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A Little Bit of Presbyterian Pride

Numerous surveys tell us that denominational identity is in decline. Someone will not automatically attend a Presbyterian church, for example, just because their parents did. One survey even claims that white, mainline Protestants are more loyal to their brand of toothpaste!

Could this relate to the fact that Crest brands its product far better than the Presbyterian church?

In seminary, I learned certain theological and organizational attributes that defined Presbyterianism. In practice, I have discovered that, when people in rural areas identify as Presbyterian, they base this claim much more on intuition than reason. They are referring to “my people” and their way of existing in the world. To be Presbyterian is an attitude, a worldview, and a commitment to others. It is almost tribal. And people are extremely loyal such ways of life.

Doris Betts brilliantly illustrates these themes in her story, “This Is the Only Time I’ll Tell It.” The narrative begins when a recently widowed father is caught abusing his newborn. In fact, he is holding her by the legs and dunking her into a bucket of water! Zelene, who had been walking by the house, hears the infant’s screams and literally throws herself through the back window to come to the rescue. The father runs away, while she gives CPR and brings the child back to life.

Zelene is obviously bold, courageous, and heroic; she is also a member of the town’s Presbyterian church. The father is eventually incarcerated and 37 lifetime Presbyterians tell the state authorities a “righteous lie” about the existence of next-of-kin. They want Zelene, who had never married nor had children, to raise the baby instead of the father’s notoriously drunk relatives. As Betts’ narrator puts it, “There’s nobody can lie like a Presbyterian if he thinks good sense requires it.” Presbyterians believe that our ultimate allegiance is to the kingdom of God, not to the so-called powers that be.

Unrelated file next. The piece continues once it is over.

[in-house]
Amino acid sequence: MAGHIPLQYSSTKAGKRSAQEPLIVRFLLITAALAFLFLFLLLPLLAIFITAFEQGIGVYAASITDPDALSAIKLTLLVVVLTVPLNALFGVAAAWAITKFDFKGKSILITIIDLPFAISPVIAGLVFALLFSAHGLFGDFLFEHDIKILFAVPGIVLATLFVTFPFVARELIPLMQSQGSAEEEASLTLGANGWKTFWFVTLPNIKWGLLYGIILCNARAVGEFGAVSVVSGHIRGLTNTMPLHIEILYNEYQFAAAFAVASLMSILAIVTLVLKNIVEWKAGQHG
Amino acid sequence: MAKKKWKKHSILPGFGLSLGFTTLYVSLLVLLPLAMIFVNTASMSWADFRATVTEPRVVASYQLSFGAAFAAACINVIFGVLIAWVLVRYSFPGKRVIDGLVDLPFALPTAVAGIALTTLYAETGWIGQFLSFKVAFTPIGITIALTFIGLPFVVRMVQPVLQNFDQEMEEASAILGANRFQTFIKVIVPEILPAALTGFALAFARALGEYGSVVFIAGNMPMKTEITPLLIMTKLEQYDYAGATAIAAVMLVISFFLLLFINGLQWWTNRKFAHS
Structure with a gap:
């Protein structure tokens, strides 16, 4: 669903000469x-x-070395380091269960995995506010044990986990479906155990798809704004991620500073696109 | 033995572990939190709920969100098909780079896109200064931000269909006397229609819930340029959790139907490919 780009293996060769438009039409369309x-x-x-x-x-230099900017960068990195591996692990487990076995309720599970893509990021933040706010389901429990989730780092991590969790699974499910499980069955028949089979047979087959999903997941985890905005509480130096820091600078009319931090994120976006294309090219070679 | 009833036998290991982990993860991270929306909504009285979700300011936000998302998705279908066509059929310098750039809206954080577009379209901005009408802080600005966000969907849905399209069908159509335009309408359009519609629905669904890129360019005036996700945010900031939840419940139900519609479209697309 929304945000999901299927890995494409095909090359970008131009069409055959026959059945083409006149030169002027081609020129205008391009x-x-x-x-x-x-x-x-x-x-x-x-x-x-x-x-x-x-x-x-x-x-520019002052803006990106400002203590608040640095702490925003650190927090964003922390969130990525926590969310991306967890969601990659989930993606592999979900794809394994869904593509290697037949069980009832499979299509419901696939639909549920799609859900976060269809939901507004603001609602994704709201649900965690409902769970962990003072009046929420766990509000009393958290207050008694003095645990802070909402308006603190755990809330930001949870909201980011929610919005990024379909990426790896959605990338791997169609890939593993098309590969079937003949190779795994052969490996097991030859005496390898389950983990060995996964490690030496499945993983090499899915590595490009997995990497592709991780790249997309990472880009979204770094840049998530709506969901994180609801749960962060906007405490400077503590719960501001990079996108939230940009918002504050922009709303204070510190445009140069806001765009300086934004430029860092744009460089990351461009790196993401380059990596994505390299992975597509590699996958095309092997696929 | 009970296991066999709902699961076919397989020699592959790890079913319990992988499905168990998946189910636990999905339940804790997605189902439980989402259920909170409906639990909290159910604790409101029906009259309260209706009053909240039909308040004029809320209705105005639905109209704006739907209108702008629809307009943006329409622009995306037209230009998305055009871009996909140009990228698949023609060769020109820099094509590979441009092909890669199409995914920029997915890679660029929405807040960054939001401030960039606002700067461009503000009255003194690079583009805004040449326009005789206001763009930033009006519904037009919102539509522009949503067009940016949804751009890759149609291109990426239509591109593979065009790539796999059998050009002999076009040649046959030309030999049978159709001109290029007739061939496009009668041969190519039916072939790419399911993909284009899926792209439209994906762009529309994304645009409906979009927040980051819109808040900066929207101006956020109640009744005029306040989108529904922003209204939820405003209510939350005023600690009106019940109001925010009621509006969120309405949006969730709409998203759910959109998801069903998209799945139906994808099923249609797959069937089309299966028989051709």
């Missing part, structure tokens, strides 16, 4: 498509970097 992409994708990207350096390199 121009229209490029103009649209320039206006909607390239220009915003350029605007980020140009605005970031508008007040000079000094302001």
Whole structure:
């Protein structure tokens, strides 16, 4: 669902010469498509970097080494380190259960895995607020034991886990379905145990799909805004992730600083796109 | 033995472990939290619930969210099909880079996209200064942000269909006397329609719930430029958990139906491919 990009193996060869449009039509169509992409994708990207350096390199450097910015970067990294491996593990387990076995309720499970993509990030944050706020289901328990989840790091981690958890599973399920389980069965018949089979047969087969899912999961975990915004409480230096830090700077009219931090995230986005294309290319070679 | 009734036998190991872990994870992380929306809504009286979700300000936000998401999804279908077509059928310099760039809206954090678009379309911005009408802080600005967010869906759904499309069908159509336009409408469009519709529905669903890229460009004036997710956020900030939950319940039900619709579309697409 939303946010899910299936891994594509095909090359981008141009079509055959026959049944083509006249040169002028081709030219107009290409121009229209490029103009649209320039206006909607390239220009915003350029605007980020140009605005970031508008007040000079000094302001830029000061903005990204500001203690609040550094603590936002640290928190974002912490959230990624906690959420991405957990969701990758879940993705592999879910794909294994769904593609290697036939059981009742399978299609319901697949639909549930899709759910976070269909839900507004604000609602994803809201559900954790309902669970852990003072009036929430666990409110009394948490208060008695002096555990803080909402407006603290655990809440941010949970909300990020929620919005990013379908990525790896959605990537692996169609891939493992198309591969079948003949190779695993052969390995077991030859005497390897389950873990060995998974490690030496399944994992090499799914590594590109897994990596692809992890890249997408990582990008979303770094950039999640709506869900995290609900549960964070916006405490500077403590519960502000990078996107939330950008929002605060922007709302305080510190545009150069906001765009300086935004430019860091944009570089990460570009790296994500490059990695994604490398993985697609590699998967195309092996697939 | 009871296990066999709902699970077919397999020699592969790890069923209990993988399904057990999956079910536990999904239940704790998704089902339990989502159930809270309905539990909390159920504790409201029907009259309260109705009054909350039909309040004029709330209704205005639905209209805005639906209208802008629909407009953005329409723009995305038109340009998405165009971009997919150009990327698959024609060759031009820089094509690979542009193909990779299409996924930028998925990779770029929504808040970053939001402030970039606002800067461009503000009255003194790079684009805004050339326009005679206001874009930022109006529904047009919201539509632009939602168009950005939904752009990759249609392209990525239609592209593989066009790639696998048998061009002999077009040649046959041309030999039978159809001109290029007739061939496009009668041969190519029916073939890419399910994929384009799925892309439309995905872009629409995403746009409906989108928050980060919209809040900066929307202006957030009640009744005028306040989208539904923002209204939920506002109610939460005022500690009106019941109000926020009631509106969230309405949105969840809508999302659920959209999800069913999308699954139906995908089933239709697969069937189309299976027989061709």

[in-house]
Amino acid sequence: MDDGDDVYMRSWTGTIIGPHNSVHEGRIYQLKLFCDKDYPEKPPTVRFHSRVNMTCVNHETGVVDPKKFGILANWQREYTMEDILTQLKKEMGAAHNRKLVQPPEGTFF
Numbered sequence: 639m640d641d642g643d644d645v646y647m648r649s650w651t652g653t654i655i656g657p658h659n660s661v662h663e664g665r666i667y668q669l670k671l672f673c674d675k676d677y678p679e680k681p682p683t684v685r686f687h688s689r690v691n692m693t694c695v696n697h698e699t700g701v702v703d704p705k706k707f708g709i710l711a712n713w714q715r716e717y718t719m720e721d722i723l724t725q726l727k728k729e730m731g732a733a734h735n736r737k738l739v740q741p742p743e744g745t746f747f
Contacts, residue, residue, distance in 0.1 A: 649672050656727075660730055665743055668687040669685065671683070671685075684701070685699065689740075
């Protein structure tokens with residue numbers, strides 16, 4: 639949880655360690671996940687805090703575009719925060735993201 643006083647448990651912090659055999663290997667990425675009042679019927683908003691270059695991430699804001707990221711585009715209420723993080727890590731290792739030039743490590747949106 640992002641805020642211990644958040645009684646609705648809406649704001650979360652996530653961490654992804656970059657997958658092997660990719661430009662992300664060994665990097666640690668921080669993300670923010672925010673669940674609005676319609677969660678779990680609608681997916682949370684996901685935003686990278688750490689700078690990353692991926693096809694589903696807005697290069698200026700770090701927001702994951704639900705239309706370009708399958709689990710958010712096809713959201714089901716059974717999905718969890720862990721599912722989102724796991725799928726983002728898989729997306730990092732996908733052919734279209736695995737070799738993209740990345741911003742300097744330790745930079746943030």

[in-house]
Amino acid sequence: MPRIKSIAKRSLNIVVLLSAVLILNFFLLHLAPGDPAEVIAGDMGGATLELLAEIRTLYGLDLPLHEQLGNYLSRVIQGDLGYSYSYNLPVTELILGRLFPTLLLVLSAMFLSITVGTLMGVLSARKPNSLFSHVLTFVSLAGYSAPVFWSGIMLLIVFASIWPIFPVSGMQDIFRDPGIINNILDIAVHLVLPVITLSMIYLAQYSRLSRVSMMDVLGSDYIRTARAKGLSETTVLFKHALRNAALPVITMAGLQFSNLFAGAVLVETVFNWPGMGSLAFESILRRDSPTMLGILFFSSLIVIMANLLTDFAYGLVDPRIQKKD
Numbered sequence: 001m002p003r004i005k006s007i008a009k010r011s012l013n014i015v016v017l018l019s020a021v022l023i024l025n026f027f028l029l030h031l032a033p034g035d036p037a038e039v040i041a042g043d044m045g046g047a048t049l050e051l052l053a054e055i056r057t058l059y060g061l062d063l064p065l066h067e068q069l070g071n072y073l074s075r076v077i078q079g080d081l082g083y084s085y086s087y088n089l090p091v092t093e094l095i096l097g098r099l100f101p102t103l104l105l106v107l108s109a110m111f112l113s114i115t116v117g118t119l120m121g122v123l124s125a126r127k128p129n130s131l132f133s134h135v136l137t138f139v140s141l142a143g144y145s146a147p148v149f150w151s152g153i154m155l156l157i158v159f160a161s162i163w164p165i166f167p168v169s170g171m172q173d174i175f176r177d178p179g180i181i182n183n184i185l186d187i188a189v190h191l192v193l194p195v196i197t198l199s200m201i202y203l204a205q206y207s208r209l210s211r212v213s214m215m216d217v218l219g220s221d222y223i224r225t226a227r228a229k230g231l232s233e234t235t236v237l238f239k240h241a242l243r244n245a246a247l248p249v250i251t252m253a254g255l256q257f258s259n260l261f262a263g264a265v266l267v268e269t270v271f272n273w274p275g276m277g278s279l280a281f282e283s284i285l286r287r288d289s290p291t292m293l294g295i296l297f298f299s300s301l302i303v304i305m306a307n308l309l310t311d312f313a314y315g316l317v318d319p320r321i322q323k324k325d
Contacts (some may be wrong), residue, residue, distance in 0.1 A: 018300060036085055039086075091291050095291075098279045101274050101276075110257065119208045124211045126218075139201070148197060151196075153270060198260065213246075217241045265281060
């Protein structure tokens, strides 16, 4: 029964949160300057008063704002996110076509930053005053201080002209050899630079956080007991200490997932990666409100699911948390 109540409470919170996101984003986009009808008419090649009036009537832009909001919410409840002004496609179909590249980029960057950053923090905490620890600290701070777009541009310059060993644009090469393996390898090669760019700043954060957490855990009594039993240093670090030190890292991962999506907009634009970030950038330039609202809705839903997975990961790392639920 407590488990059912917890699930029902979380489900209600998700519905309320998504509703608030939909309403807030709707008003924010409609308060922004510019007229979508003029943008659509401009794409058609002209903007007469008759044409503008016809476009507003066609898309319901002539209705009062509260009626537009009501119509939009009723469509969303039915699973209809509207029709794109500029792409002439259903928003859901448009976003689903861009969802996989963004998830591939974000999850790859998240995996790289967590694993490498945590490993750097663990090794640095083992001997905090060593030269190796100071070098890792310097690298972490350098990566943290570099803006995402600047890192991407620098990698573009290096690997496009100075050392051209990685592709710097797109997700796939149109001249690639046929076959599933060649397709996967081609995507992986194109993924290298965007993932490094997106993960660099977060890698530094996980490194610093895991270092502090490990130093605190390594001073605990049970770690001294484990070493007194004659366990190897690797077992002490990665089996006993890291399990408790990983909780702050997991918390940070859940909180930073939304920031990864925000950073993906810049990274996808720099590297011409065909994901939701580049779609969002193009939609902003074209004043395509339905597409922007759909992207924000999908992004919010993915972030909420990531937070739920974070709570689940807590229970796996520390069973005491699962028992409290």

A few sentences later we read, “And Zelene was a Presbyterian–God, yes.” Why such an adamant statement? To be Presbyterian means that Zelene goes to church every week on foot, rain or snow. And every week, she faithfully offers to the preacher a hand-woven, oakstave basket full of produce from her garden. But then her parishioners would refill those same baskets and put them back on Zelene’s porch. The commitment to sacrificial giving ran both ways. What a profound understanding of stewardship!

Zelene knew that life was hard. As she puts it, “You have to be Presbyterian to feel that bitter in the dark.” Ironically, Zelene names her adopted child, Silver, and raises her on a subsistence farm. They work from dawn to dusk, eeking out a living with a garden, a few chickens, a cow, and “one hound dog so dumb it split one ear and then two on the same barbwire fence.” Silver grows up learning the value of work. When she was six, she recited the Children’s Catechism to the whole congregation–she had memorized thirty-one pages! Was she Presbyterian? God, yes!

Throughout history, those outside the denomination have pointed to this aspect as our defining feature. Max Weber famously coined the phrase, “the Protestant work ethic,” to describe people who willed a better life by their daily sacrifices. But what often goes unnoticed is that Presbyterian theology is rooted in grace, not works.